The next Nitro began with Sting and Vampiro brawling backstage. Sting finally thought he had Vampiro down and turned to leave, only to get nailed from behind with a pipe.
In the main event, Sting took on Vampiro in a first blood match. Finally Vampiro left the ring and climbed up on the announce table. He dragged his finger across his throat and the infamous Red Viscous Liquid dropped, soaking Sting. Vampiro slid back into the ring and pinned Sting after a quick Nail in the Coffin. Then the New Blood came out, put Sting into his harness to come down from the ceiling, and started playing piÃƒÆ’Ã‚Â±ata with him.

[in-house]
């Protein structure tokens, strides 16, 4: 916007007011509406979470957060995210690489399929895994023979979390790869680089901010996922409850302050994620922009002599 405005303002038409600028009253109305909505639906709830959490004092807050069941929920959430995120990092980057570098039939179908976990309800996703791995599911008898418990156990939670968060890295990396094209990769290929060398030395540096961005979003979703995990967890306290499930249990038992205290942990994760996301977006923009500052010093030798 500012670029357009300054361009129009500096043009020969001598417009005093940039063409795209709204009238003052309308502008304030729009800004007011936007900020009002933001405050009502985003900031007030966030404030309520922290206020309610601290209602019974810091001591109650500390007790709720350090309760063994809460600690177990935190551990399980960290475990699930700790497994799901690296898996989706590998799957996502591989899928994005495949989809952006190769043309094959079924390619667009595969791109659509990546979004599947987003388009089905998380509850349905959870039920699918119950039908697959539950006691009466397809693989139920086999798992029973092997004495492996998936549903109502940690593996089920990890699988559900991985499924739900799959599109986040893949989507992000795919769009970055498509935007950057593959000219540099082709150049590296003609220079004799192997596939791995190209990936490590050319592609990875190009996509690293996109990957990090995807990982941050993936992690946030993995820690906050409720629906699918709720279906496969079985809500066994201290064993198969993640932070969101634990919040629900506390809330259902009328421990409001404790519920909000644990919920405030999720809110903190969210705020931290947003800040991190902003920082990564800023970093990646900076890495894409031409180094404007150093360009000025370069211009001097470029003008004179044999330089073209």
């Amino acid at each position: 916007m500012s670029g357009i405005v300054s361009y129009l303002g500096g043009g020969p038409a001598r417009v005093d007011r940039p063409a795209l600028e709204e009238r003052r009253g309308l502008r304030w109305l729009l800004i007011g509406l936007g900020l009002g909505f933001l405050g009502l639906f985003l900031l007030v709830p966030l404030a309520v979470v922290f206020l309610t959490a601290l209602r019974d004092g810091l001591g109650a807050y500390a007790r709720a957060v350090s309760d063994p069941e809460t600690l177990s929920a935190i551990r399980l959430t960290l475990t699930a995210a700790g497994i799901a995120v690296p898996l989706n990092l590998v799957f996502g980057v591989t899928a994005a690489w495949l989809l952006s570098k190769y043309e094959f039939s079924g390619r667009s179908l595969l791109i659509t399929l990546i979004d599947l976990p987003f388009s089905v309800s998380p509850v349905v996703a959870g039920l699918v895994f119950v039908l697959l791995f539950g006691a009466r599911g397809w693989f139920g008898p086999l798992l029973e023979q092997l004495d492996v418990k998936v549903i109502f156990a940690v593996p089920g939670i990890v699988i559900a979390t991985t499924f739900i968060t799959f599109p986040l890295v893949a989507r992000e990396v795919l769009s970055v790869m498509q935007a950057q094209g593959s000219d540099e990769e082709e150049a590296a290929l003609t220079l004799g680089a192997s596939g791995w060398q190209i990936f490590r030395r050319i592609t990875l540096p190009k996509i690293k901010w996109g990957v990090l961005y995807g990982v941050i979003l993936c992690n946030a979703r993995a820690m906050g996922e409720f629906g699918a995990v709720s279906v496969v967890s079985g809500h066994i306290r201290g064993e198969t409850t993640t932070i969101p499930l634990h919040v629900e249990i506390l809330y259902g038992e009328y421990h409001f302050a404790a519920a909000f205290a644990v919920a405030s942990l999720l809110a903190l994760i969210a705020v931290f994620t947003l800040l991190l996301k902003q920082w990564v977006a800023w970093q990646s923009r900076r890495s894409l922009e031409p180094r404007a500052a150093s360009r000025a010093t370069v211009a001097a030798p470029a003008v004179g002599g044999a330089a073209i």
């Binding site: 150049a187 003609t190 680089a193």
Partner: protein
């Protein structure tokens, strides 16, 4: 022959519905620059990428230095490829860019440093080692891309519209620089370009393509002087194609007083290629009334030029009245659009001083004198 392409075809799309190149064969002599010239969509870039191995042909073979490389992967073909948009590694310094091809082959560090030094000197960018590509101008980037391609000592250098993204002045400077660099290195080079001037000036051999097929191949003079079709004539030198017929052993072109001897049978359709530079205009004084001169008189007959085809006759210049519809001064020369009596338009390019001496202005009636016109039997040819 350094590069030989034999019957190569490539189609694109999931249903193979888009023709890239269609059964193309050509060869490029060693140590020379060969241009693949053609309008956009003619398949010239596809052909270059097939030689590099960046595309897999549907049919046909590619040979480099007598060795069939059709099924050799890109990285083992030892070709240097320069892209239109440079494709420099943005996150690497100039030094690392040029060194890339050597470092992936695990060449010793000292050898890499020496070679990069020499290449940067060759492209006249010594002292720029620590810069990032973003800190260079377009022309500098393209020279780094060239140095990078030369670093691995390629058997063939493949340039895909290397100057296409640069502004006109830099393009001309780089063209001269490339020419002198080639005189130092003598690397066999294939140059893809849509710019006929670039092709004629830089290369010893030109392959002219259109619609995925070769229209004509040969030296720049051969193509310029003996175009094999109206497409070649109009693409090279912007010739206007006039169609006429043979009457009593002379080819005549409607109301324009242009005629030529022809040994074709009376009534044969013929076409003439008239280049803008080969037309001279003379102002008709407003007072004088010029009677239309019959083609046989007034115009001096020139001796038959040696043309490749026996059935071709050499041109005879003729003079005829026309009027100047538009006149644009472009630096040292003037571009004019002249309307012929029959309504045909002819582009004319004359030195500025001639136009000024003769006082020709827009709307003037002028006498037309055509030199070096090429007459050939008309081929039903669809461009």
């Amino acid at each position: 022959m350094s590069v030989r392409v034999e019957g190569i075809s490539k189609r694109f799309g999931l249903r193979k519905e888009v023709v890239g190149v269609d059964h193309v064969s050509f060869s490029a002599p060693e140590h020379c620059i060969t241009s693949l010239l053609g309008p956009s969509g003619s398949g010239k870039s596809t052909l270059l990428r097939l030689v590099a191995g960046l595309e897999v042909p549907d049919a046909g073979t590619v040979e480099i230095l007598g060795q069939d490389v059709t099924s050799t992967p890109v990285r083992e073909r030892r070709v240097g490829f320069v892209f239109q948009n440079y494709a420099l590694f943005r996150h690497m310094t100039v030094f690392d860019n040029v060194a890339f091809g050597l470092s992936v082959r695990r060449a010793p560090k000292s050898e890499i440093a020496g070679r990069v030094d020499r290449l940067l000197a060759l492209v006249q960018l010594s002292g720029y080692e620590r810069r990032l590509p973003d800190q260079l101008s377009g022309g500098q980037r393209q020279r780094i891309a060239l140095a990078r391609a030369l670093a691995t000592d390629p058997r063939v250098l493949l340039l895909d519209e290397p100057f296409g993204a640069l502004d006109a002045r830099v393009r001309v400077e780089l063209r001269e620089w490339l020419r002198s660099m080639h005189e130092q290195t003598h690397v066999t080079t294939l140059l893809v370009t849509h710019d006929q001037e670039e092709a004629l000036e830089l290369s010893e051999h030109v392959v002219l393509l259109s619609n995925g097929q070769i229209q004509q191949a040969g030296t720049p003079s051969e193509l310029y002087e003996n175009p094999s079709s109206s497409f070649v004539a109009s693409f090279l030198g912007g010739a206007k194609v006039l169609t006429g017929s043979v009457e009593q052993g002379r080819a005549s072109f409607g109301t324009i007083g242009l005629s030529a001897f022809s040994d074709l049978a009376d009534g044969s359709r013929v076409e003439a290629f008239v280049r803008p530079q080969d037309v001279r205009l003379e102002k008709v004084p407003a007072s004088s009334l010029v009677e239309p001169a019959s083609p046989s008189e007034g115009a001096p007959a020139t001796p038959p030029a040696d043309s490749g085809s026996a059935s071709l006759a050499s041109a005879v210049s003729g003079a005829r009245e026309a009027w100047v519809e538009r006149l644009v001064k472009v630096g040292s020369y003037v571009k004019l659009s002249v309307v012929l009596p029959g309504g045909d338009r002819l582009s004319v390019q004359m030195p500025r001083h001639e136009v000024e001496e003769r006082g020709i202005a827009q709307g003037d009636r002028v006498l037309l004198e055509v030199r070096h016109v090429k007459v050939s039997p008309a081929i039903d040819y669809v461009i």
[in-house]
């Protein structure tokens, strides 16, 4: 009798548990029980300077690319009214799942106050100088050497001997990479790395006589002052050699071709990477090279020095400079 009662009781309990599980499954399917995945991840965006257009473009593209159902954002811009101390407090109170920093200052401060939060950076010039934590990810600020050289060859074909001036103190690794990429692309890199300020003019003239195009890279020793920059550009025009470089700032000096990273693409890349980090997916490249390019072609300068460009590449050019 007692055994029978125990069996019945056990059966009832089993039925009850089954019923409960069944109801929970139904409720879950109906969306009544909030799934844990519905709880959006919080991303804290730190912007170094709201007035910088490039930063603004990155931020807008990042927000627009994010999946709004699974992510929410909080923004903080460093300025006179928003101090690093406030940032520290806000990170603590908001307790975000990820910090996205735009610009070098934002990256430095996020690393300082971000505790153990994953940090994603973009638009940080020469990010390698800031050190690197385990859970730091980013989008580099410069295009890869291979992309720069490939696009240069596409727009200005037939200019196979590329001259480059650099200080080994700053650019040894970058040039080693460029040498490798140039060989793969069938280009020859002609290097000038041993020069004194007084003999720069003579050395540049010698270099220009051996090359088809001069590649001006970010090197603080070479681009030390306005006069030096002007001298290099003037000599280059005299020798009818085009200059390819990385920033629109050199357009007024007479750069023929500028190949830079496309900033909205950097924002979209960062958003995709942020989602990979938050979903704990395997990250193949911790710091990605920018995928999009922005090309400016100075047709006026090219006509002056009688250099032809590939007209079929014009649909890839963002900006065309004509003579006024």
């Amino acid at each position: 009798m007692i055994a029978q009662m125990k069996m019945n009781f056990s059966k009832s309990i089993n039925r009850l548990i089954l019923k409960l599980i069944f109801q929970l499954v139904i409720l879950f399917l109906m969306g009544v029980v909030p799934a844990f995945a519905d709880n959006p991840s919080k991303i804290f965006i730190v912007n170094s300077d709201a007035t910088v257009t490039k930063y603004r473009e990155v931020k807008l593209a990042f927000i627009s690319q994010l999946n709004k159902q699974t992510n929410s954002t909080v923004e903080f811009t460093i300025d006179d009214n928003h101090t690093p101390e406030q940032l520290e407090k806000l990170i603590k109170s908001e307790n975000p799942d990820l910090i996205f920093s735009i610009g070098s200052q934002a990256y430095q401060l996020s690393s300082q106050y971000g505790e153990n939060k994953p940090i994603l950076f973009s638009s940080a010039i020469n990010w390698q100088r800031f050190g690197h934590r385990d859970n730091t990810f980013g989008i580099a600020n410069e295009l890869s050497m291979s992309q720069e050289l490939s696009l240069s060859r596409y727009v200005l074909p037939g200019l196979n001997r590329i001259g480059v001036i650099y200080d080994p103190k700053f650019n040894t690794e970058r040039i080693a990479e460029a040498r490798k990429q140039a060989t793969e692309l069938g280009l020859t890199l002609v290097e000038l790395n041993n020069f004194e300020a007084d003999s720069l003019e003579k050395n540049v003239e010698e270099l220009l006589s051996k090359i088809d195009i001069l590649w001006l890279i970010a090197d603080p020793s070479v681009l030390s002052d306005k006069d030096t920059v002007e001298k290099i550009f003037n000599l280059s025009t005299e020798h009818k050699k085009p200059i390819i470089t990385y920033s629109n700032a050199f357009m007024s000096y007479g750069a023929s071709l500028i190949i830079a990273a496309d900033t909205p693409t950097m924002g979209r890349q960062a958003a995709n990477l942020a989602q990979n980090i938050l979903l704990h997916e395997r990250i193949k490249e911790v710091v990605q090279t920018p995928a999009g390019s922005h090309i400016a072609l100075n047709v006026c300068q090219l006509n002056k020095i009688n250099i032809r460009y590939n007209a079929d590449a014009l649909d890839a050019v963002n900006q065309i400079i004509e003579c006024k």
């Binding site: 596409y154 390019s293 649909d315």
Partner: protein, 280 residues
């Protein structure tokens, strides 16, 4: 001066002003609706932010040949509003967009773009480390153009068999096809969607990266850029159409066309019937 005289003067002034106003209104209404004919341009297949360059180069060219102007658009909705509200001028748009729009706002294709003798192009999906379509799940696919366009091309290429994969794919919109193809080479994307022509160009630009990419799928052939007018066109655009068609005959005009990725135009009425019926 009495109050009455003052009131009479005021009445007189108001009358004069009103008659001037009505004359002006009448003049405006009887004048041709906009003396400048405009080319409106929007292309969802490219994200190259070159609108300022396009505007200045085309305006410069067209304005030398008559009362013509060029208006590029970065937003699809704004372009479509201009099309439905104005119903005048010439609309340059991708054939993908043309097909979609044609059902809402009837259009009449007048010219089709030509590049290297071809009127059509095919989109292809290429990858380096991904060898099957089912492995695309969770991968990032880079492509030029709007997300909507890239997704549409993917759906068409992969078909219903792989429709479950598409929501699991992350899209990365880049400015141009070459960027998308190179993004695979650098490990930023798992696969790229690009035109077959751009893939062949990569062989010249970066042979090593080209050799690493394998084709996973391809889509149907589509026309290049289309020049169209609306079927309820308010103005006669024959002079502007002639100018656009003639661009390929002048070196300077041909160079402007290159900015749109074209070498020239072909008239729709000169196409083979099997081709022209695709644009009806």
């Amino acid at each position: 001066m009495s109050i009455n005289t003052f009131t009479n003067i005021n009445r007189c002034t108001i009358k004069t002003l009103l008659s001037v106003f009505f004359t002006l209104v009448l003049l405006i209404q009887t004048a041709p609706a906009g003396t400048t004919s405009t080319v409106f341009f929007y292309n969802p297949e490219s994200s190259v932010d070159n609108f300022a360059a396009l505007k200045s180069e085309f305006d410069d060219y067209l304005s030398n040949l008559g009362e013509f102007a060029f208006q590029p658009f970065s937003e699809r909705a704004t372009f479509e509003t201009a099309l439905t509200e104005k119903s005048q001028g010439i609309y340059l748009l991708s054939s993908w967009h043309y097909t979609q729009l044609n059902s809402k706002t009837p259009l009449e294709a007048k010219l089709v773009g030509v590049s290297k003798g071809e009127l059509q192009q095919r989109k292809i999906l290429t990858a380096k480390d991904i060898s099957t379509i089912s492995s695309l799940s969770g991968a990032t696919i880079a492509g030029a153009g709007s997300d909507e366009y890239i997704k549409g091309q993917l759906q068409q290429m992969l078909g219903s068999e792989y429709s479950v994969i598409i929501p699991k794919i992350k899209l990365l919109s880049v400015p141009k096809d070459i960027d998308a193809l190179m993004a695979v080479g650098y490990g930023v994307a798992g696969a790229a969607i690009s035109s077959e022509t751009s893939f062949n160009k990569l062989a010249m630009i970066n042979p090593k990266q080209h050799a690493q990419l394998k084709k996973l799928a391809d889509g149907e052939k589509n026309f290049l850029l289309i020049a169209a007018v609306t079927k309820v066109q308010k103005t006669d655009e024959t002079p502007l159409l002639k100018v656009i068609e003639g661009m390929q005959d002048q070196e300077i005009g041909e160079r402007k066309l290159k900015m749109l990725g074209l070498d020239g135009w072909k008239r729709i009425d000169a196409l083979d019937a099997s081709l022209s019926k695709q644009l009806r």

On Thunder, Vampiro was scheduled to take on Diamond Dallas Page. The match never really got going, however, as Sting jumped Vampiro while he was heading to the ring. After a beatdown, Sting poured some Red Viscous Liquid of his own onto Vampiro, then threw him into the ring. One Diamond Cutter later, DDP had an easy win. Sting would go on to defeat Mike Awesome later that night.
Sting and Vampiro had one more stop before Thunder ended that night, however. The main event was a 22-man battle royal for a world title shot. Sting and Vampiro wound up eliminating each other from the match and then brawling all the way to the back.
We were now ready for Slamboree. Sting took on Vampiro, one on one. Sting put Vampiro away with two Scorpion Death Drops.